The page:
EIA revises jet fuel consumption outlook down
Jet fuel consumption through 2050 is set to grow at a faster rate than any other transportation fuel, except electricity, yet expectations for air travel demand have fallen year over year. The Energy Information Administration’s most recent Annual Energy Outlook (AEO) expects less passenger travel demand than in its 2019 forecast, indicating a more moderate assessment of global connectivity demand and rising personal incomes than in early 2019.
Air transportation is still almost entirely dependent on conventional fuels, unlike road vehicles using motor gasoline. Movement types are expected to increase across all modes, except domestic marine, but fuel-efficiency advances in other modes will either moderate or reverse fuel use in most sectors. Jet fuel consumption, however, is expected to grow by 31% by 2050 because increased air travel is forecast to outpace increases in aircraft fuel efficiency.
By 2050, air travel is expected to grow by 70% — by far the strongest growth of any mode — from 1.02 trillion revenue passenger miles in 2019 to 1.73 trillion in 2050, down from last year’s projection of 1.75 trillion revenue passenger miles.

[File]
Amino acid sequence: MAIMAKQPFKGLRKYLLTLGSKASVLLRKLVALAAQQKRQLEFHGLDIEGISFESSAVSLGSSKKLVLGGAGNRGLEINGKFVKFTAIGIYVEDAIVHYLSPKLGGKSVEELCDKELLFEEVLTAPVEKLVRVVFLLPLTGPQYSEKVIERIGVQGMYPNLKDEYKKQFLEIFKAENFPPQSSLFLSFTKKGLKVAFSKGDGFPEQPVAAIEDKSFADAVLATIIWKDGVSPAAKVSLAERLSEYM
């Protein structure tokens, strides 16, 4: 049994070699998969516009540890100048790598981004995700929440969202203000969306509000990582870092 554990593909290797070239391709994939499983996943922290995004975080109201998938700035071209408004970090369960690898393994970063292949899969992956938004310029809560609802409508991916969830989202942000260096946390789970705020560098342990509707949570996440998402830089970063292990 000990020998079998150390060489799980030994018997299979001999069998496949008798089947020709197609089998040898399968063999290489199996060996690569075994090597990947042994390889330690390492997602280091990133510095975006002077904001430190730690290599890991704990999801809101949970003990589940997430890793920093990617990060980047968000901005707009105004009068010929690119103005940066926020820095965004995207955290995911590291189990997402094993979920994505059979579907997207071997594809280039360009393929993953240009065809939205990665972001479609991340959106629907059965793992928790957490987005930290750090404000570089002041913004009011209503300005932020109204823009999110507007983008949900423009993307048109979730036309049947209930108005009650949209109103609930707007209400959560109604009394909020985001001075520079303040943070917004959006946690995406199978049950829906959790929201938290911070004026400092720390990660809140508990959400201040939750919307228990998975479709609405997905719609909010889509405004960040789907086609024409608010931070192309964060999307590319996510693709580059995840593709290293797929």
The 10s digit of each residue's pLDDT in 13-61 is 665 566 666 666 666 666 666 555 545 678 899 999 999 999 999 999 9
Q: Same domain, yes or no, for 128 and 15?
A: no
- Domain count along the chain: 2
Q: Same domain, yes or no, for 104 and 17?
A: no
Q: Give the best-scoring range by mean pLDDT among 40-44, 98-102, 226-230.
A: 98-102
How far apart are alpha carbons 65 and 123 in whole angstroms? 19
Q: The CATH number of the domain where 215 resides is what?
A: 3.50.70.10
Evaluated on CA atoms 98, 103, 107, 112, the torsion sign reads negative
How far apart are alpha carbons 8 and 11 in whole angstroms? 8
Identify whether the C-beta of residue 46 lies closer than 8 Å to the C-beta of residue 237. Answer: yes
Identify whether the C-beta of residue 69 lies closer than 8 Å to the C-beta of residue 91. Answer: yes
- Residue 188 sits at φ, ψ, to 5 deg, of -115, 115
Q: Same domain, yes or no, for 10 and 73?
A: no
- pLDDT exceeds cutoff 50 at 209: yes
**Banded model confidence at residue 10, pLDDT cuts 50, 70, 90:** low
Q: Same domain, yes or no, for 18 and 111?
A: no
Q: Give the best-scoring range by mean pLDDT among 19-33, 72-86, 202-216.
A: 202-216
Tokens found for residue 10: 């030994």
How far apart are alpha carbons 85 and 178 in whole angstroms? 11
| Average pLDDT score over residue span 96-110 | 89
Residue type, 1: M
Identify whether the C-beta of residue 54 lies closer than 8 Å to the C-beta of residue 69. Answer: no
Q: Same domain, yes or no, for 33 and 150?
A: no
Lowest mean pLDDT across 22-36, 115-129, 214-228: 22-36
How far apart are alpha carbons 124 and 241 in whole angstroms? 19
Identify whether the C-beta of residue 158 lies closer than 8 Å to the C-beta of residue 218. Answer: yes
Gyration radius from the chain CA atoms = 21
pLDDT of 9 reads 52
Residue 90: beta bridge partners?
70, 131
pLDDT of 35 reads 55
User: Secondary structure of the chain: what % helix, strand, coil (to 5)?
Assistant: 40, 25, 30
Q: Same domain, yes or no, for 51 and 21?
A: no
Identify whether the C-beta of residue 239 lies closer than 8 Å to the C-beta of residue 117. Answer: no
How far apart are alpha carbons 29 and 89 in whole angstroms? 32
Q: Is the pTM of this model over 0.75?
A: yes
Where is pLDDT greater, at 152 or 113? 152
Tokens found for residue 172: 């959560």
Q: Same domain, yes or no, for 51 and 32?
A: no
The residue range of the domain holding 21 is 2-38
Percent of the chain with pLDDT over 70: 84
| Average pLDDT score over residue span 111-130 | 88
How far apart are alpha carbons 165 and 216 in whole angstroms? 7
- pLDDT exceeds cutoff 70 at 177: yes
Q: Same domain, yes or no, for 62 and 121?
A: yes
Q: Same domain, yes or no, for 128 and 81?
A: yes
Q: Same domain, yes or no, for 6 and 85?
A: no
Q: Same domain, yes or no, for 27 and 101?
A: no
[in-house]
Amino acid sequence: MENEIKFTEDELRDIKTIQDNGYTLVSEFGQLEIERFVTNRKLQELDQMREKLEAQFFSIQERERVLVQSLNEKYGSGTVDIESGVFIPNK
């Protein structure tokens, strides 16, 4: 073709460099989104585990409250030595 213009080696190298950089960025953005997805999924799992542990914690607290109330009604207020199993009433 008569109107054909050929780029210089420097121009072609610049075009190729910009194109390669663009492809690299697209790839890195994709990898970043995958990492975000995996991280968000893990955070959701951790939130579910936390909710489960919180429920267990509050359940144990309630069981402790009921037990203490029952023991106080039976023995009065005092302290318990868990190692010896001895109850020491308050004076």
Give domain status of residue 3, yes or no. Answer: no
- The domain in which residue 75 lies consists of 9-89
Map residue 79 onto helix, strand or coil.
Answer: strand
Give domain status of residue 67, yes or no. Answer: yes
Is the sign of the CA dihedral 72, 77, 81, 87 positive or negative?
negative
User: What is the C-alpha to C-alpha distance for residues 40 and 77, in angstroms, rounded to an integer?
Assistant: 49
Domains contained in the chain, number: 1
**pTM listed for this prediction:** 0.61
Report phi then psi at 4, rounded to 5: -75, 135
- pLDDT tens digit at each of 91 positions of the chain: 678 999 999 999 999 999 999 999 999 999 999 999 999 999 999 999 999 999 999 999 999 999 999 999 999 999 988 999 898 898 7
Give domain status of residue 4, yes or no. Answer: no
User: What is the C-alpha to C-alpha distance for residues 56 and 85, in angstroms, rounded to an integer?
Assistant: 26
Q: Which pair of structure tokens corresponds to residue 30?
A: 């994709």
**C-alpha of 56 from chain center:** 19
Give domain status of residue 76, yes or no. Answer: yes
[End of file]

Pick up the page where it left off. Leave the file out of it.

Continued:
However, given the speed of technological change over the past 30 years, there is still significant space for innovation to disrupt this projection. The current AEO figures are based on what it considers a likely “reference case,” and considers other possibilities, including a range of oil prices and economic forecasts.
In a major indicator that the attitude toward sustainable fuel has changed even in the past year, the most recent AEO introduced new cases accounting for potential renewable energy costs, as well as cases assuming implementation of carbon allowance fees. With this in mind, it’s reasonable to expect at least some of these variables will come into play by 2050, as the aviation industry pursues paths toward innovation.
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